Our own mortality thrown into the balance— and everyone we have ever known. We will all end up in the same place. This poem, as with all of these detailed prose style vignettes, makes us remember time is such a gift. Again, there seems to be too much of it sometimes and then really not enough.
“…every time my dry skin bleeds, I think of you. When I can’t file away the deep cracks on my heels, I see your feet. I wonder what they look like two years underground.”
That third character, time, flows through these poems: through mothers and children, through nature, through bodies of water and farm fields. Manning writes about physical features that show up in the next generation. No one can plan or account for that. In “The Baby You Didn’t See,” the poet’s newborn son’s nose is a shape Manning does not recognize. Suddenly she realizes it is Granny’s nose and she cries three times at this epiphany.
“In the first week of Julian’s life, I cried three times because your nose was on his face. I didn’t expect to find you there. I kept saying His nose is different…Then I knew.”
These heartfelt surprises in these poems make us relish life and the unseen gifts bestowed upon us by our loved ones. The world opens up, gets bigger, empathy flourishes because someone was nourished and loved and that person will nourish and love as well.
The powerful poem “How I Measure Your Body,” with its four panels of wordplay regarding the word “body,” (a new body in the world, a body of work, a body of water, and “the” body: Granny’s body after she passes) is one of my favorite poems.
“Your body was small but strong. Your
body breeched this world and lived to tell
about it…Your body birthed and fed four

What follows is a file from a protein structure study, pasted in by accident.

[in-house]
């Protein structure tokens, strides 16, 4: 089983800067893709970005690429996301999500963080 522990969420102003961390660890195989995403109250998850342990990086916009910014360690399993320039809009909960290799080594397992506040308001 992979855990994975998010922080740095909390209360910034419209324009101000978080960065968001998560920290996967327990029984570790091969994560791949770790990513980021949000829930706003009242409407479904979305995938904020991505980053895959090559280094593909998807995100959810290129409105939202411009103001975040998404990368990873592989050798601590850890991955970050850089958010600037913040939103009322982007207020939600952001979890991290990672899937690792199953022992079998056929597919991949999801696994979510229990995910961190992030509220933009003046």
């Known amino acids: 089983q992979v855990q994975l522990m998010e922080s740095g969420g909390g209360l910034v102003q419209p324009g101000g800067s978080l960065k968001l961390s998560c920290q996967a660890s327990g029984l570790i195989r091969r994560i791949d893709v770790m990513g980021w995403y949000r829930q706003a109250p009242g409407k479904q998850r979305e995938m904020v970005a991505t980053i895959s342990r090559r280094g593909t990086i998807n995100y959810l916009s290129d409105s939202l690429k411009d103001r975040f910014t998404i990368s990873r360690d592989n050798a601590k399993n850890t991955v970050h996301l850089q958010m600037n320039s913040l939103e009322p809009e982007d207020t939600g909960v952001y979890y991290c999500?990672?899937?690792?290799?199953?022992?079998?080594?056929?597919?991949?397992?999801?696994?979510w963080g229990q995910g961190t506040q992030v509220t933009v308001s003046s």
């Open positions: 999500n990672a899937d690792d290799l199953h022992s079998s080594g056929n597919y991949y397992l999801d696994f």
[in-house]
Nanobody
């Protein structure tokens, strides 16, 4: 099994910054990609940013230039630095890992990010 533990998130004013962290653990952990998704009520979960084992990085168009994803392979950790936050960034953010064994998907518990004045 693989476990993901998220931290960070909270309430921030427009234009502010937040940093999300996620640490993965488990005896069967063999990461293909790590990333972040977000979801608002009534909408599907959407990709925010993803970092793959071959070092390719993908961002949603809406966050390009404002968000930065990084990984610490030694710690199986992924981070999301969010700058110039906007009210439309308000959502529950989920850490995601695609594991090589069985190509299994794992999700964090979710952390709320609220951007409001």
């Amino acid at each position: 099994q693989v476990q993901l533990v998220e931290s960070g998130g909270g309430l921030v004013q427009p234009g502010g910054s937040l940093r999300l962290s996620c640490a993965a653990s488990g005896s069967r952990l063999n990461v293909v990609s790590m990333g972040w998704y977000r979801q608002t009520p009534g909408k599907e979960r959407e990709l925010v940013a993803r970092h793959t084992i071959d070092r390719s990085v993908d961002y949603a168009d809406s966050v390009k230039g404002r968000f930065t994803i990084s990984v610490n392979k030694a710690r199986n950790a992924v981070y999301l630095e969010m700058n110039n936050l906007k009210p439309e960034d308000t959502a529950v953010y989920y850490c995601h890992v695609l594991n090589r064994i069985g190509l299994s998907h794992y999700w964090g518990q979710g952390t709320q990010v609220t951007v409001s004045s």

humans who lived…Even now, your body
replicates itself in brand new bodies…Your
body is at work still.”
Manning captures the flow of time from our ancestors to new babies, these every day occurrences of births and marriages, or baking a pie, of laughter at a bedside. Maybe these tiny moments are the most important factor of all in being human. Manning’s poems echo the quote by Eden Ahbez “the greatest thing you’ll ever learn is just to love and be loved in return.” These poems are a love letter, but not just to Granny, the emotion spears right into the reader’s heart; we reflect on our loved ones but also have we loved enough and in the right way? The love is cyclical from birth, to life, to making other lives, to other deaths. How will we use our time?
*Title is taken from the poem The First Day of our Second Year Without You
Bio: Jennifer MacBain-Stephens went to NYU’s Tisch School of the Arts and now lives in Iowa where she likes to rock climb. She is the author of four full length poetry collections and fifteen chapbooks. Recent work can be seen at or is forthcoming from The Pinch, Cleaver, Yalobusha Review, Dream Pop, Zone 3, and Grist. She also hosts an indie reading series sponsored by the non-profit organization Iowa City Poetry called Today You Are Perfect. Find her at http://jennifermacbainstephens.com/.